The Golden Knights have played four preseason games so far — all on the road. They open the regular season with two games in two nights on the road, on Oct. 6 versus the Dallas Stars and the following night versus the Arizona Coyotes. They return to Vegas for their home opener against the Coyotes on Oct. 10.

NHL players weigh in on national anthem protests, divisive President Trump comments

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A number of National Hockey League players and coaches on Monday expressed their opinions about the national anthem protests and the divisive comments of President Donald Trump during a rally on Friday and on Twitter this weekend.

At a rally on Friday, Trump urged NFL team owners to fire players that take a knee during the National Anthem. He reiterated those remarks on Twitter the following day.

On Sunday, almost every NFL team took part in a form of protest against racial inequality and injustice during the anthem. Some players took a knee. Other players linked arms with fellow players, coaches and even team owners in a show of solidarity. Some teams, like the Pittsburgh Steelers, Seattle Seahawks and Tennessee Titans did not take the field during the anthem.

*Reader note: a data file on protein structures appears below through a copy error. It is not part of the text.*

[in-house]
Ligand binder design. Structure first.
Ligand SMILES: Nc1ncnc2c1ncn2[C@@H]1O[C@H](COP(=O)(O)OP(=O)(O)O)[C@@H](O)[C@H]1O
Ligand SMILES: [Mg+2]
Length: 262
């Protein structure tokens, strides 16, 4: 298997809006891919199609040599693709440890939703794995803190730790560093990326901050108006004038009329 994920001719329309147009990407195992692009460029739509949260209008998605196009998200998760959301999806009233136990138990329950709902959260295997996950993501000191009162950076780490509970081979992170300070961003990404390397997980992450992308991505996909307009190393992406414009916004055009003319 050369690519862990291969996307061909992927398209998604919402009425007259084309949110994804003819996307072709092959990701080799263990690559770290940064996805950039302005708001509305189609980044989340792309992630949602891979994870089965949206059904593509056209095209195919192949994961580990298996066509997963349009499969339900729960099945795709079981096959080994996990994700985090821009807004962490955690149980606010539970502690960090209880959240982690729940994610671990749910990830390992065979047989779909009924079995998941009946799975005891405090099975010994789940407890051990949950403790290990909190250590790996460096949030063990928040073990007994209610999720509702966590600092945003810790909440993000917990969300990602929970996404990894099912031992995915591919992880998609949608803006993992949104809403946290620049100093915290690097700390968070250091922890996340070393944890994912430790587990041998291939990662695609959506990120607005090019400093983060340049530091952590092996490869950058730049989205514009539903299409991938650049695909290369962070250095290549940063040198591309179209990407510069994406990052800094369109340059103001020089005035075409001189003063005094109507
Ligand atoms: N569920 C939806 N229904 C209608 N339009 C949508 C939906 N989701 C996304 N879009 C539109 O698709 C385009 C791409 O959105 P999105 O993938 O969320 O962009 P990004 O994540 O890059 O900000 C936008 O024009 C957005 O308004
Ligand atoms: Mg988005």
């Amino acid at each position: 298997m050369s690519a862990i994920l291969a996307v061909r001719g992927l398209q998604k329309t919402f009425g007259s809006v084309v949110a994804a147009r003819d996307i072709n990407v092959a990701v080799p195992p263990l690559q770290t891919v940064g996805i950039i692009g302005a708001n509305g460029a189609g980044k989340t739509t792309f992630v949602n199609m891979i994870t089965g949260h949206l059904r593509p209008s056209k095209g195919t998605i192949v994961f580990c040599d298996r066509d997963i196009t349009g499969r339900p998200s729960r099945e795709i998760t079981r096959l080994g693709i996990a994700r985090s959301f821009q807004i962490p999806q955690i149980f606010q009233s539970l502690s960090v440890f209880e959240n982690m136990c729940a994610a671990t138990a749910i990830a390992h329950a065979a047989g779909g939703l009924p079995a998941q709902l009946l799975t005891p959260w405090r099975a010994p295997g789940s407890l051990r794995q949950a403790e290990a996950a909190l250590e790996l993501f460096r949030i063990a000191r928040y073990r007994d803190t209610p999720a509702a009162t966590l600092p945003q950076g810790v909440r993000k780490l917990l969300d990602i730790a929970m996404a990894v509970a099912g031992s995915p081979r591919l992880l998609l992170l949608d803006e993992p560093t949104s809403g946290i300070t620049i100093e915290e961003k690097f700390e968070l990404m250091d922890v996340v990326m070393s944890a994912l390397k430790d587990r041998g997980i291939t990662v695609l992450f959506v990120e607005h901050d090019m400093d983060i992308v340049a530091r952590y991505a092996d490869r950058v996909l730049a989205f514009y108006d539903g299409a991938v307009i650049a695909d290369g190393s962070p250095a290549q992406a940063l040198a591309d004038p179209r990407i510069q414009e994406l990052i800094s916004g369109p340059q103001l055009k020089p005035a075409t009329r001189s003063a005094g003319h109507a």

On Monday, Toronto Maple Leafs forward Auston Matthews, who is 20 years old and from Scottsdale, AZ., said he would not take part in protest during the anthem.

“My great uncle served, I have friends and family who’ve served, there’s men and women who have risked their lives for the United States, people who have died for the United States,” Matthews said, per Sportsnet.

“I don’t know if kneeling, sitting, stretching is something I’d really look into doing because to me it’s like a dishonour to the men and women that fight for that flag, fight for the U.S. I don’t think I’d be one of the people to take part in that.”

Boston Bruins forward David Backes, who is from Minneapolis, MN., said he will continue to stand during the Star Spangled Banner.

“My opinion is that I’m American and I love my country and I love my flag,” said Backes, per CSNNE.com.